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Audiovisual Cultures episode 92 – Horror, Film History and Irish Cinema with Dr Gary D. Rhodes automated transcript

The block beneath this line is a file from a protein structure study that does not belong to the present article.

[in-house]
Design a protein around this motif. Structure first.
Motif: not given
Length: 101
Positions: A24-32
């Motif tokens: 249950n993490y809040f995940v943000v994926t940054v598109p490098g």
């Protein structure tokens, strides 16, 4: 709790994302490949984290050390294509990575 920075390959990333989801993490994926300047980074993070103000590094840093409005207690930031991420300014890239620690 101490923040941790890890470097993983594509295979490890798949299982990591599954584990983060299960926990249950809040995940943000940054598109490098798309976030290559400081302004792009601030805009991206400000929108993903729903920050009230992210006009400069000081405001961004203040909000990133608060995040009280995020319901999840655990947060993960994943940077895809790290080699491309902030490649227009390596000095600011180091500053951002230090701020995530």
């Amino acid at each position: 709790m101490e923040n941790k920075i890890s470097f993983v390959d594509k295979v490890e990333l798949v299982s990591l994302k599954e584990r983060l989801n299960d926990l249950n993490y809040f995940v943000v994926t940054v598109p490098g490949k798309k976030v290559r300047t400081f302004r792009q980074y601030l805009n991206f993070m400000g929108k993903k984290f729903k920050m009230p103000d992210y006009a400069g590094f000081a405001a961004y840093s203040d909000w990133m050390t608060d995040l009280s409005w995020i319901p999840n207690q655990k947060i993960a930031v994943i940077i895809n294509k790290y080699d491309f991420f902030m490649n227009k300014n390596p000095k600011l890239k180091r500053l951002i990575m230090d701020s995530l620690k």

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this is audio visual cultures the podcast that explores different areas of the arts and culture of production with me Paula Blair visit Petri on dot com forward slash AP cultures to find out more and to join the policy welcome to another audio visual cultures podcast I am polo player and deployed to I have a treat for you today I am beyond excited to welcome filmmaker and historian Dr Gary D. roots Gary thank you so much for joining me hi are you and where do we find G. well we find this in many places during a pandemic mainly I suppose the best dancers at home like we're so often confine let me start by saying thanks so much for inviting me to talk %HESITATION I've noted your research for years and so it's always great to have the chance to chat with you though I'm physically in Orlando Florida now my part of my heart always belongs to the north of Ireland where we first met but more than anything else the best answer like I guess we will give us %HESITATION and hold you know in the middle of this horrendous play sets just as you mentioned that there anyway Carrie and just for listeners to carry and I have known each other for I would say it longer than either of us wants to add minutes to remind my grey hair anyway mine's coming might mean well on the way later the batter's eye below there's also there's always hair dye I'm definitely considering that right now so you like you know you're always like fabulous I had the privilege of being taught spicy garlic when he arrives at queen's university Belfast in two thousand five and that was the final year of my undergraduate degree and she also %HESITATION where the internal examiner for my peach state which is very exciting remember all I remember all of it very well I was so excited to get to Belfast means and it was so great the entire cohort of students you work hard on or so such extremely creative intelligent and dedicated students far more than I'd work with at the undergraduate level before it was extremely exciting and of course we shared an interest in Irish cinema and that became of course quirk to your PhD work and so I was so proud to be a small part of that process and and your success with that project no that's very kind Kerry you've been writing more picks than I can keep up west so I think it be nice said start talking about some of the methods okay and really get into a your research areas so we'll see what where you want to go with this it might be you get sick at the most recent thing out of the way because what we're all living through the man it is quite relevant something you from working on anyway which I like to tell us a bit about your hi cinema has been affected by epidemics research of course thank you yeah thank you for that question it's an area of research that became very interesting to me many years ago I was actually an undergraduate at the time and I was going through as it is interested in film history I was going through these old publications like variety The Hollywood Reporter and all of those and I would be turning the pages and looking for things of interest to me on subjects like the horror film one of my other areas of interest I kept seeing over and over again in these old publications yellowing crumbling publications from the nineteen twenties thirties forties I kept saying so many movie theater tragedies that had affected audiences and some of them we we maybe know a little bit about a film like %HESITATION inglorious bastards the queen Tarantino film for example picks up on the flammability of film and the fact that some fire sometimes happens it could kill people and so I was saying those things as they occurred in American these old newspapers these old trade publications and I kept saying over and over again and I started photo copying all of it because I thought there is you know I've never heard about this and it was five years and it was bombings it was sometimes murders that people would use the darkness of the movie theater to shoot another person for example all these very tragic stories but I found quite interesting in that they were so forgotten and it ended up culminating in a book of mine over a debt about a decade ago called the perils of movie going in America you know all these regrettably bad things could happen by just going to the movies but one part of it that I should now introduces the fact that along with everything I've just mentioned and other horrors you know they were they were unfortunately you know people would get groped frankly in the darkness you know %HESITATION so there was sexual assaults and things that would happen I mean a lot of this of course exacerbated by the cover of darkness because you know what it's a rather interesting thing although we're so used to in today's world to go into a movie theater it's set in the darkness with strangers all around as you know that was a rather new thing to do at the end of the nineteenth century to plunge into darkness with strangers but with all of the horrible things that could happen one of the others that became a chapter was the sheer number of pandemics and epidemics that affected movie going a century ago and even a little more recent the most famous of the move would have been the nineteen eighteen influenza the great influenza pandemic so much has been said of it lately where century later it's I suppose and pandemic terms the nearest example the nearest touchstone for us during all of this that's true for our movie going situation as well and so that became so much of what I was writing about in that book although there were other epidemics like polio like scarlet fever those tended to be more %HESITATION regional in America more short term you know shutting down a feature for a few weeks sometimes they were moored strictly demographic you know sometimes that theaters would remain open during polio epidemics but children Morgan made it because they were the ones that would contract Holyoke but the pandemic of nineteen eighteen cost most theaters in America to shop for about half of nineteen eighteen hands in an eerie precursor to today's world to re open and then have to shut again because of the surges of second way each you know the desire for everybody for their own mental health but also on the exhibitor side of the fence to start making money again to not go out of business to be able to sell movie theater seats again take a it's again so so this is something of my research is actually began when I was an undergraduate it ended up being a book and %HESITATION it's interesting how I don't know if it's the return of the repressed or what it is but you can do a project and then years later only years later is its relevance maybe %HESITATION or becomes more Roman you know the research because right when the pandemic fit and everything began to shop in America in March of twenty twenty I got a phone call from the Chicago Tribune saying Hey it looks like you're the only person that you know has written about this before and then that led to me talking more about it writing my own updates about it in the New York Daily News and and elsewhere because it's one of those moments where hopefully you know our research can have meaning for the world outside of a dusty library shelf yeah well I mean in a way it quite fits with your interest in horror because it is quite all horrific in its own way all of that stuff yes very much so in fact my op ed in the New York Daily News was published at Halloween last year and it was actually in some ways drawing the very connection you're talking about including the red death and post famous story the masque of the red death to our present situation because a lot of horror films have been horror stories traditionally have been about plagues both real like the bubonic plague as well as kind of concocted like post story did creating it like for the sake of of scaring people and and these things have continued through the years you know I know there's a getting some slight contagion have obviously been watched probably and thought about probably as much or more the past years when they were first you know released so there is a a very scary you know connection here one of George Romero's stating horror films you know where I'm going is always are at two steps ahead of me crazies your main course Romero having been the director of night of the Living Dead and dawn of the dead most famously but he made some of the crazies about a an epidemic and of course that was remade even World War Z. %HESITATION you know some of some of the zombie craze of recent years some of the stories about how the zombies get started or a pandemic related epidemic related as I recall it was probably the first season of the walking dead yeah where the journey of survival was leading to the CDC Erica Yoon the center for disease control and that's another odd thing I haven't I haven't really thought that much about it or written that much about it but clearly that there is a curiosity however accidental and so many zombie films in America being about epidemics pandemics in the years not too many years before and leading up to our present situation I think twenty eight days later it comes from monkey so there's that species jump that happens is quite interesting to think about it nine oh yes which is very fast and because obviously there's talks about where did this come from was it from a bad or so forth and that's been true of some prior diseases and epidemics and so forth in in human history in order they originating from other species of animals it's true of the folklore too isn't it because you know you get bit by a vampire you know and %HESITATION you know unless you like the empires and sometimes I should go for it but but you know so well either well or or rob but there is that characteristic you're Ryan and twenty eight days later was Gus was such a watershed moment I think for a lot of us that are interested in horror films and interested in British horror films and how it was seen at the time to really inject new life into and may be injected in a pandemic world is even an interesting word but inject new life into the British horror film that was so well known in the sixties and seventies and and it's very much again a key into and and maybe pressing of our current situation would certainly I don't mean to make light of what we're trying to study and understand it and %HESITATION and not make light of it but I do think that there are some interesting yeah there so there's a lot of interesting interactions between horror and %HESITATION plagues including our current pandemic yeah I suppose that's not saying is playing out scenarios I find in the arts so the movies are there a matching necklace what happened this could be the series of events that happens and you know but if people are in their own may face at the minute I specific way of understanding what's happening to us because we're paid in our little boxes were stuck at home I suppose we've only got our imagination I don't really know where I'm going with that I'm just thinking sorry if it's just playing out scenarios of what could potentially happen because there's such a big difference between a maybe like a zombie land and twenty eight days later ones very serious in the other one isn't spring yet there by essentially the same thing %HESITATION yes yes well and that makes my mind go fast and so many places that your faults there because you're raising so many interesting issues and and I think that certainly there's this fascinating connection between horror and comedy yeah you know as genres maybe two sides of the same coin sometimes they've been set aside I think that they're two of the most consistently popular genres in film history they both emerged basically in the eighteen nineties and they they really don't have much of a of a period of disappearing honest in the way that say musicals or western institute the consistent popularity of boats and everything from what we might call dark comedy which can be so often in horror films to the fact the company itself is I think inherently subversive somebody is so often on the end of the joke so to speak you know that maybe a lot of people are laughing children you know on a playground but then there's the one crying because they're the one being made fun of you know comedy can be rather in its own way so cruel so I think that there's some real connections there and I think that that's true throughout horror film history which we see played out in in two basic ways that one would be that the serious horror films in many cases what inject moments of comedy relief comic relief the idea particularly in areas like the nineteen twenties thirties and afterwards forties fifties we'll have something really scary but then we'll have somebody make a joke of it a couple of minutes later to help the idea was to relieve the tension of the movie goer it's just been put through the trauma of screen terror and then across the other trajectory if there's two main ones the other trajectory would be that kind of zombie land approach where the horror and comedy or combined it wants into something that may be dark I mean one of the things that always attracted me about certain types of Irish literature going back you know would be the darkly comic sensibilities and I think horror at times has gone down that road where horror and comedy or in other words he added he ends in creating the sensations and sometimes at those moment very peculiar situate sensations and emotional responses because you know when something's darkly comic does it frighten us do we laugh we laugh is is it an uncomfortable kind of laughter I think all of that's very fascinating and I think you're right that the imagination can help in these ways and sometimes it's maybe life imitating art or art imitating life and maybe it's an interesting I think in the history of horror even thinking back before cinema you know literature painting visual culture folklore there's kind of I think interesting kind of dance macabre here when you talk about twenty eight days later on I'm reminded one of my forthcoming publications is about the unproduced film revolts of the dead which would have been in nineteen thirty two or like thirty two early thirty three film directed by tod Browning okay Brandon was very yeah you know Browning I'm not in the list probably due in may nineteen thirty one Dracula you may nineteen thirty to fill freaks he's considered one of the you know one of the great horror film directors of course like all directors there were projects he wanted to do that didn't happen and I was able to locate all of his notes in the script drafts for a film that he never made in a forthcoming book and it's called revolt of the dead hand of course Browning live through the pandemic of nineteen eighteen nineteen and his film revolt of the dead seems like it's harking back to the nineteen eighteen epidemic because it's about a kind of a %HESITATION route in which doctor that wants to turn the whole world into the living dead knitting which spread across the whole world you know like like twenty eight days later like a %HESITATION World War Z. you know he's basically wanted to create albeit with kind of a supernatural origin a kind of pandemic of the Living Dead and in the script increasingly people start getting knocks on their door from dead relative it's who aren't the same people go to movie theaters they go to restaurants that go to the to the night clubs for young people used to maybe go more often for dancing and music and soon the dead infected dad over populate the living and and M. scary where you literally in the script you go to a restaurant and they're more dead people at it then there are the living and so this is kind of I think what you're talking about you know that it's a I think it's an interesting dance where it's back and forth you know I mean I think as so often he was in horror you know PO weekend with the mask of the red death was kind of a pressing it ahead of the game in some ways you know so it's fascinating it's it's horrifying but it's very from state from a scholarly terms as well as I think moviegoing turns audience terms you know these things can help us I think that's one of the great things about horror potentiality Horace to be cathartic to be scared through entertainment but maybe from the safety of our of our whole social media says it's probably a good please send CV asking a bait probably one of your best known picks UP the birth of the American horror film because certainly those of us who are young we think we invented everything and actually as you say it started right at the start of cinnamon I suppose for anybody listening he might be under the misconception that old films and silent films are very stuffy industry at a fast what would you say about that well I I'm always looking for ideas here about convincing people of the merits of going back to look at earlier years of failed and even how to work with the young filmmakers and %HESITATION young film students and so forth you know how to get them interested in hearing aids before for example in the twenty first century %HESITATION especially a period of black and white cinema of even silent films the earliest days of cinema I don't know the best approach to getting people I've tried various mechanisms to get them excited I think there's a few ways that I try and not least of which is the fact that some of the best known filmmakers today certainly in the western way well certainly in my home country of America would be people like Martin Scorsese and Quentin Tarantino filmmakers whose films and their careers their interviews everything about them exemplify that their achievements and and and and I will be in the limit to just those two but there are two examples of names most people I think now they're films constantly reference built upon the tradition of cinema they are lifelong students of film history and and they of course attribute their success in some measure to their knowledge of film history and we can go back to so many other filmmakers right think that's true as well some of the great film makers are among the biggest collectors of film history and film memorabilia and so forth because they love the cinema and if you love the cinema there's not a starting date on it in other words you can love films made before the year two thousand and I think also I would say to younger filmmakers or trying to convince people to share my hopefully boundless enthusiasm and passion is if you're wanting to make great films the film genres we love have existed so long be it comedy or horror as we've already said or others if you're wanting to develop script ideas if you're wanting to think about cinema in your own ideas being part of the genres indeed we could argue the film itself is a genre I argue that in the same way Mekelle box used to argue that the novel was a genre whatever its topic or focus speed a western novel or a you know a drama or what have you but it all still in other words what we try to argue is that you can find incredible ideas in the past it can be because the genre is always reinvention it's building on what has been done before the cinema is about that sometimes obviously in the form of direct remakes you know as we talk a new Texas chainsaw massacre film is about to come out the first one was made in the seventies so sometimes this of course most obviously happens with the three makes but it could have been more vague ways with story lines with themes it can happen even with you know I I grew up loving George Lucas there still the Star Wars universe multiverse whatever it is universe I suppose with the Mandalorian everybody loves and Amanda Morgan is doing what Lucas did in the seventies by using a lot of white transitions fallen out of favor for decades but that he loved from the nineteen thirties films and serials he watched in so it doesn't have to be about finding old story lines that are interesting about finding some techniques that were popular once upon a time but not as much now and so I think here is in Willits fountain an incredible reservoir of possible inspiration of all types for young filmmakers even in direct terms right before I came to Ireland this spring before I came what I ride in Ireland in the north of Ireland that full in Belfast at queens and met you in so many wonderful students the previous spring I had my last group of American students and one of them wanted to make a short film called director's cut that was going to be a short horror movie and the cut was going to have in the title more than one meeting as you can gather probably going you know the slasher time about ourselves he got fairly far along before he realized and then I met him and had to relay the unfortunate news nectar already did a film called director's cut it was a horror film that at least in the most basic idea that you get from that title it had been done before and so I think even if you're committed to doing something extraordinarily noted perhaps you're interested in all of Asgard or experimental you want to do something that's never been done before it does help to know film history so you're not reinventing the wheel as that student was trying to do and fortunately he moved on to another project and that was wonderful for him but he had gotten far long before I met him with something that was on knowingly copy and past so if you are going to work with the past it's best to do of course is a very knowing away which is one of the things course yeah that we love about people like Quentin Tarantino and again so many other filmmakers that work in this same kind of way no yeah so I wanted to see Askey a fight your work on political safe because you've written probably I I don't know maybe the most comprehensive biographies of lego say and because he is a figure that we certainly anyone who knows her stuff about horror film they know he's out is so I was wondering if you would mind if there are any listeners may be younger listeners who don't know who you were talking about aids or you know as you mentioned earlier he was Dracula he was Dracula yes it's hard grinding struck in that you know and that was back with the universal horror the creature features in a way that they were doing in the nineteen thirties but that was you know one of the first ones to snatch but that wasn't all he did he had such an extensive career and credit tumultuous life I think is while I mean would you be happy to to tell us a bit of bite yes well I I would love to and I suppose in different periods would go see has been known for different reasons for example when I first met you and I was first starting to work with some of the first year students in Ireland in courses like introduction to film I would sometimes show them Tim Burton's movie ed wood because it depicted let go see a very tragic late in his life it was a Tim Burton film that dramatized you know starring Johnny Depp and Martin Landau the dramatized the most tragic Lugosi's life and and I would show it to first year students stand because they they would remember that the film to come out when they were ten years old a war or or and heard about it and of course now it's much further in time from the release of that film and it was in other words a bit of a more modern touchstone for me to talk about legacy then and now it's very much passed into the past so speak from another century now we're now we're much cheaper but more than twenty five years I guess talking with people who may not know Lugosi I suppose now the best way is the white first white would be the way that most people have historically known who he is throughout the world and I think he connects a little bit with our our last exchange because it is a way in which film and by extension popular culture so often reinvents or builds on the past even in ways that sometimes audiences aren't aware in America this past Halloween there was a commercial for a candy bar we would call them here chocolate bar I think you might say called kit kat our colleague as overall used to eat the every morning when I would have T. within United also they're known for their note elsewhere in the world but they're popular they were popular here in America and it was it was a commercial thirty second TV commercial where Dracula in the usual dress the Cape the clean face shape shaven face pretty good looking hair slicked back black hair and affecting a kind of a of an eastern European kind of Hungarian slash remaining accent was on there pouting and of course wanting to sink his teeth into a kit kat candy bar and that commercial is even available to go see died in nineteen fifty six that commercial was him in in a sense refracted at least through popular culture reincarnated through popular culture there is a children's cereal in America known as Count Dracula its mascot from the nineteen seventies until to day is another of those imitators I suppose is another term we could use there's an extent to which even later Dracula's although still not known necessarily to younger people later Dracula's of the screen white Christopher Lee and Franklin Jela their depictions of Dracula drool calmly go see it particularly to the extent that in Bram stoker's novel Dracula was very different in appearance than the way we think of Dracula including on that kit kat commercial at any time if anybody affects the voice the Kate a so much of what we think of of Dracula in popular culture is not from Bram stoker's norm rather from Bela Lugosi actually what most people know most readily rather than say the long white mustache that he hasn't stoker's novel it's much more let go see who played even in nineteen thirty one film previous to that on Broadway and he turned Dracula in some ways a monster yes a supernatural vampire yes into this kind of alluring sexualized vampire so much of folklore the vampire was often repulsive and obviously vampires do repulsive things you know biting people drinkable yada yada but we go see really turned vampire I think we see this again in ways like we even there's a character named Bella in twilight films yes you know and yes different double go see some P. and Baylor would be the proper pronunciation of course right we do it in American a lot of places people did refer to informatics careers Bela Lugosi but regardless this whole notion that the vampire could be sensual the vampire could be sexualized and attractive yet even hypnotic another aspect of the vampire we think about %HESITATION often the hypnotic on ice and instilled throughout the decades sometimes this coincides with cinematography to have the extreme close up of the ice trading on ice it noted our eyes and victims who sometimes maybe don't mind being the victim because the vampire and in later films even as women vampires but the vampire become so sexualized and attractive and sexy frankly in the twentieth century until now all of that begins really most of that I should say not all but most of that begins with Lugosi's on screen depiction in nineteen thirty one and in various respects he keeps crying role throughout the rest of his life to the extent that he was literally buried in his Dracula okay so much for the two intertwined and mild saying and I I you know I don't want to self plagiarize but I think if you announce that you can say it because I've written more than once then life will go see play Dracula after his death Dracula has played Lugosi by that I mean that that again what we think of as Dracula is as much or more like go see as it is Bram Stoker that's how it was and I you know I saw those spooky movies on television as a little child and they will be in the same way I guess go story so often three little children I grew up when they were still showing black and white films on TV so I started singing in the late seventies even though he was by then long since deceased fascinated and have gone on as you kindly point out to write about it and and that's been a great deal of fun and some of the projects that come out of that have been enjoyable I think that Dracula it's a nice example of quite an early sign Diarra film designed area was quite firmly establish I think by that point and I think they were doing some very exciting things with audio at that time I think it's something that you covered I remember in teaching was the influence of a lot of emigre directors because a lot of the directors were talking about you were making the sums were British or they were German or Austrian or that sort of thing so %HESITATION you know there's that influx of that expressionist training coming over here's one of his last teaching I taught am I showed it for signs yes you know so I thought it was a nice example of a film from that %HESITATION already signed area that is actually really challenging said technology at the time yes you know I was wondering if you if that was something that he thought of I know you don't ma'am may be necessary to USA a static so much no I love it and the stakes are so much wonderful part of the horror film and a film history and even the history of a statics becomes I think so fascinating as you're rightly pointing out and I love it and I do try to write about it and I and I love the pier you're talking about because you know there's moments in film and I think we some of us have lived through it with the rise of C. GI the rise of digital projection the rise of motion capture where new technologies because a major change to cinema and this happens I think in some ways very much constantly you know the film theorist Andre Bazin used to say that film is constantly evolving which meant in his mind and I'm paraphrasing that still has yet to be invented exactly because it's always turning as he said rightly into something else you always turning into something else I think what you're pointing out that so crucial is there are particular moments of major technological upheaval because much more maybe profound change than at other moments and the introduction of sound was very clearly one of them but on that point you're pointing out of early sound is so profound because and I write about it in my next forthcoming journal article is for the journal popular film music and it's about the seconds all talking film in America which was called the terror it was released in the second half of nineteen twenty eight a lot of people would have you been seen it in the Halloween season of nineteen twenty eight and it was based on a story by Edgar Wallace and it was one of these kind of we would call them old dark house stories that were popular at the time where a lot of people gather either in an old house original tale in the middle of the night people getting start getting killed and even if the killer turns out to be just somebody wearing a mask there's a feeling that maybe there's the supernatural is a play and so forth it was the first of what we I suppose in retrospect would call a horror movie Insel neck it's playing with sound no it doesn't do it nearly as well as and because your use of and is the very best example and obviously by one of the master renters and one of the master directors who became emigrate as you rightly point out to Hollywood has never some of the others like Karl Freund who work with laying the great cinematographer who came from Germany to America ended up shooting Dracula in nineteen thirty one unit of directing one of the early universal horrors that follow Dracula which was the mummy in nineteen thirty two some people will probably think of it maybe the %HESITATION the Tom Cruise version or something in recent times you never know the remakes or the re inventions of these bottles so much of that was with the immigrate culture or stories coming from other countries and the terror was a British story but what most interestingly did it's a lost film but we have the sound discs because some of the first talkies they would have what was basically the equitable large record if you can imagine a large audio record music record and it would play in sync with the film being projected it was not a great system I mean if somebody bumps the needle the sound would be a synchronous and had a problem but for some early talkies even after lost films we cannot watch the films there's photographs from the terrible we can't watch it but the sound discs are there %HESITATION and I was able to access them and write about them for the first time and we start to get which you would probably expect in film sample we still get it and we'll get it in I suspect like the next conjuring film or what have you and ideas the sound of the human screened for the first time we get the sound of the screen but we also get the sound of the storm the sound of heavy winds through the trees and some of the sounds that we associate it certainly before film sound people associated with things that were frightening you know a lightning bolt or whatever that might frighten a child were you know a pet dog or whatever and they start to show up in the terror the very first time and it becomes very quickly adopted as a static in subsequent mystery horror films in nineteen twenty nine and thirty to the extent that by nineteen thirty there was a comedy a short that you can find on you tube called the laurel party murder case with laurel and hardy and third old house the middle the nights we can happen it's all take off on the second story you know to an extent knives out in more recent times has done some of this so again you know this never goes away keeps being reinvented but in the long run hardy version they so overdue the sound effects as to parity it's a fascinating example in nineteen thirty only a couple of years after you know a few years after sounds felt they were already prepared like we're laying on extra thick for the joke and then taught Browning immediately after makes Dracula in sound what you were asking about and he forgoes heavy thunder and lightning he for ghosts spooky music in favor of much more subtle sound effects like complete quiet except the creaking of the coffin lid opening in and trying to be much more restrained and it's so interesting because it is such an early point in film sound relatively speaking I mean you know three four years he's pulling back rather than laying it on thick and so it's interesting how these things you know can sometimes evolve quickly and how much is that expire role in the horror film including sound whether it's the spooky music or the spooky sound effects or the silence dates for the silence and that's what some of us love the most or or sometimes in horror films it's another reason to think so wonderfully about silent films it's a reason to think about parts of Dracula the talk Browning which are no music no dialogue I think one of the interesting things and we we have guests have the old phrase deals slang phrase you know that silence speaks volumes or phrases like that it it you know in America grew up hearing phrases like that may be used to get me to shut up but you know it was you know there is that I think that's one of the great things it's it's like you know when you can have a special effect when you can have moving camera sometimes the makers forget that they can let it stay still when you can collect extremely rapidly filmmaker sometimes forget that they can have slow paced and when you can do anything with still sound incredible possibilities now we can forget sadly what you've just rightly mentioned which is silence can be so very powerful even when the first impulse is to have twelve tracks or more audio going at once but just because you can use technology in a certain way doesn't mean we always you don't have to and so that's a wonderful point and certainly I think very salient for horror films you know you mentioned earlier it might be nice to see see what your connection with Irish and amazed because it may not seem immediately obvious horror and already sent a man and Irish cinema isn't enough we could get inside because I think there are there are a lot of connections there I suppose a nice segue would probably be interview with a vampire Neil Jordan if we need a Segway yes yes the way to connect a couple of these things when we first met you were teaching our cinema and dot really sparks at massive interested me because I'd had an interest in Irish literature when I was at school and then was really came to carry that on I'm excited in English and film degree so I was saying I researcher Hans Irish film and that sort of thing so is wondering what you know what you're interested in our nation well I I really appreciate that questioning and you remind me so happily of my arrival in Ireland but also so I try to be unflappable that's impossible and one of the spookiest moments and not a horror films okay but I guess it's a nervous moments was when I walked in to teach that course because I felt a little out of place not only is it immigrate myself and living in another country for the first time but I felt I felt a little %HESITATION I would never want to be seen presumptuous in teaching a course on Irish cinema in Ireland I had taught Irish semi actually America previous a couple of times what I ate that was a bit nervous actually going in to teach all of you because I thought gosh I feel ill at ease real ill informed maybe you know to take all that long since as an American and in Belfast what I suppose my interest would be two fold in and one I think it started with horror and they're certainly these tremendous connections between horror and Ireland Irish literature Irish folklore from obviously the pain she threw a film I saw and I I don't think a lot of Irish film scholars I don't know that any of never really talked about it much but when I was ten twelve years old I I was in love with horror movies I was also in love with Francis Ford Coppola who directed the godfather films in Apocalypse Now and early in his career he had made a film called dementia thirteen right early nineteen sixties and it was a gothic horror story set in Ireland it was actually shot in Ireland and you know it's readily available on YouTube it's rather well known film in terms of coklat studies because it was basically a second film but I think Irish film studies it's completely unknown connections go deeper I mean stoker was Anglo Irish they're such a great tradition of Irish gothic novels and as I grew my interest in horror I grew in my interest at heart literature as well as horror films so there's all these fantastic connections and Irish horror stories on film but the other thing to happen to me when I was a teenager was by about the age of thirteen and of course you know I grew up in the state of Oklahoma I grew up in a town that I will in American terms certainly most terms would probably consider small town twenty five thousand people I grew up in I guess I'm trying to think of the the best way to say it but it probably a and as a native American everything you know kind of a masculine type culture in terms or that parameters and so John Huston's films spoke to me greatly as a teenager his films like the Maltese falcon an African queen and these films with Humphrey Bogart who was one of the great cinema tough guys and you know his later films like the man who would be king was Sean Connery and Michael Caine and you know you can kind of see probably quickly understand maybe or or see that you know kind of okay a lot of his films in his life %HESITATION I became fast about Houston's life he was quite an explorer and hunter and you know very masculine and all that very much human waves kind of hit me way of twentieth century American cinema and he was deeply interested in Irish literature and by the time I was in high school he was making his film the debt based on choice and there was a credible documentary film made about it Houston and show the behind the scenes footage showed in talking at length this is before the kind of making of featurettes we know today by by a large number some examples but they weren't it was before DVD years before that cottage industry so to speak so I S. I became entranced by the time I was sixteen and seventeen I became entranced with James Joyce and the dead when Houston said in his mind it was probably the greatest short story ever written in the English language that spoke volumes to me the film version he made which I found to be quite faithful I'm talking at length for question and now maybe exploring what might interest came from these different angles from horror as well as Joyce and then about that same time Beckett because I was also one of my other favorites as a teenager was a Buster Keaton and Samuel Beckett had made keeping film later in king's life of course and and it kind of all on guard film and I was I was also getting in transfer you know it's easy to romanticize thing when you're a teenager and I you know the passion for it all and I was and I was getting interested in basket because of his work with Keaton and I was particularly intrigued because Kevin brown will have made this incredible documentary about cheating and he had forty two Keaton's saying you know you didn't even understand the film you know which I think yes he's one of the yeah exactly the genius filmmakers in my mind he said he didn't quite understand it but he liked packet and everything so I was coming in Ireland for all these different directions to conclude I would say that in the night you know in the nineteen nineties America really what Americans always had this love affair with Ireland is regrettable exceptions during some immigration periods baby in the nineteenth century and so forth but there's a lot of love affairs in in the later twentieth century certainly from you know everybody you know celebrating St Patrick's day to the nineties when the commitments particularly the film version you too there was a particular love affair with a different times before in the sixties I think with JFK for a lot of people but in the nineties it was like it was Neil Jordan and Jim Scherr instills were exploding onto the scene my left footed one you know at the academy award and Chris I was graduating from high school and about to start university right at that moment then there's you too and I particularly fell in love like I heard it on the radio and I was driving I mean I remember the moment so clearly I was driving down I. forty in Oklahoma City are your state that runs around a lot of America and I'm burning down the highway in an old car the only one I could afford at the time I'm burning on the highway and this voice comes on the radio this band what I didn't know the name and I had to ask a friend later that day who is singing this and it was the cranberry so you're gonna set but you know I heard including that kind of Irish weighed in at the end of the song which went from the Irish but meeting pop music even more Irish sound at the end of it just seem to speak to me in ways and again as a more romantic young person a romantic maybe more the German sense of that term my great grandfather was from Ireland cord so on Cherokee and mainly that but I'm you know I have a McCord whose family was actually from the north of Ireland even America from Cork and I've met him once is a little tiny child very memories on more work well on all of that and so I had that connection to Ireland as well so forgive this long biography ladies that I fell in love with this and then I fell in love with an Irish woman who was in America and all roads lead you know what I had to leave but I had to leave and it was this tremendous love affair I cannot tell you how achingly I miss Carrickfergus my favorite places how much I've missed the Belfast city centre the people there there's so many Dunluce there were so many places I like to go and go repeatedly I just unending love affair if it helps any I'm just thinking back said you saying you felt a bit of %HESITATION this American coming in and telling the sorry students about our cinema I don't think one of us ever saw thought not not one of us ever so thought we we were all really excited to he's American he's because so many of us hadn't met an actual American person so many of us just hadn't traveled very much and a lot of us had never even met people from the other side of Belfast because we were that generation that was emerging from the call list yes you know and this is so this is two thousand five and stuff so things were really only just opening up properly at is it took a few years after the agreement relay and a lot of assets I mean may I was the first time ever had friends from west Belfast for example I never never really met anybody from not far away before and then suddenly there's this bona fide Americans whose proper proper American you know and it was so exciting for us to relate maybe sorry maybe improper puts your to your to clients but it was it was such a joy because everyone was so welcoming I mean that was one of the great things about about living hearing role was the generosity and the charity and the welcoming nature of of the entirety of the island you know it was just like a beautiful thing so so it's so nice to hear that and it didn't seem like such a fascinating moment at that point one of my biggest memories of Belfast at that moment was the sheer number of cranes %HESITATION yes construction rains around the city it seems like a truly under construction obviously and reconstruction with the cranes but it felt to an outsider and admittedly neophytes our eyes to Belfast it seems almost as metaphorical as it did physical construction cranes and this coming together of peoples and and I suppose some of my great memories stand would have been with the film students and how film students working together on projects from those two different communities and film production or film studies in you know bringing them together it was really a remarkable moment in Belfast you know it really was it's so nice to remember all that actually it's so good to hear your side of it I mean we all just felt like kids you know so we didn't know what where you come from or anything and but that was back at that time when I think students and certainly undergraduate ins had reverence for he ever researching them it didn't matter who they were what age they were or whatever the person at the front of the class was the authority and that was it I mean if we didn't even think to question anything like that where is I think it's become very different certainly my experience was very different when I was teaching it's so good to hear it from your experiences while because I think we even though we were from there we were it was all new to us as well so that's pretty interesting to think about it that way yeah well it's it was it was a wonderful period and one of the my favorite periods you know as we look back and there's sometimes a few years that we're so happy here and sometimes maybe a year to that's not and so forth I was one of the happiest periods in my life and a lot of it was queens and was filmed queens and was all of you there and and of course you know the tremendous colleagues who were there at that time like because overall and and Raymond in the network you know some people who are no longer even at queens that moved on or retired but it was quite a %HESITATION wonderful meeting of everyone I think Cynthia I have very special memories Terry said Kerry is there anything we haven't covered that you would like to touch on just so thankful for having me %HESITATION that allowing me the chance to chat and chat probably chat too much but I I love talking about obviously all these issues and %HESITATION so it's it's great to have the opportunity to do so I have so enjoyed it it's been great because I mean we've known each other for a long time but I think this is the first time I've heard a lot of all of thought so that's been really a treat for me and it's been so good to catch up it's been a while and yeah it's good to reminisces while back home with somebody who loves to fight yes indeed it well even hear your accent now and back to hearing American accents every day and some of them are quite nice but I miss the accents of people essentially ready but but it was such a beautiful thing really the Irish accents from throughout the island needles are are are so beautiful and almost melodic to here and I miss that so much I sometimes I had to you know with some of the Belfast people talking so quickly I had to listen very carefully well I got I got better at it over time so it's great to hear even the accent I missed so much well it's great to hear you eating yeah come thank you enough for your time saying this it's been really really fun and I hope pretty informative for lots of people as well it certainly has been for me to sign K. ands take care and all the best with everything you're working on thanks so very much all the best to you and all of the listeners including as we trudge out hopefully soon the last of the hand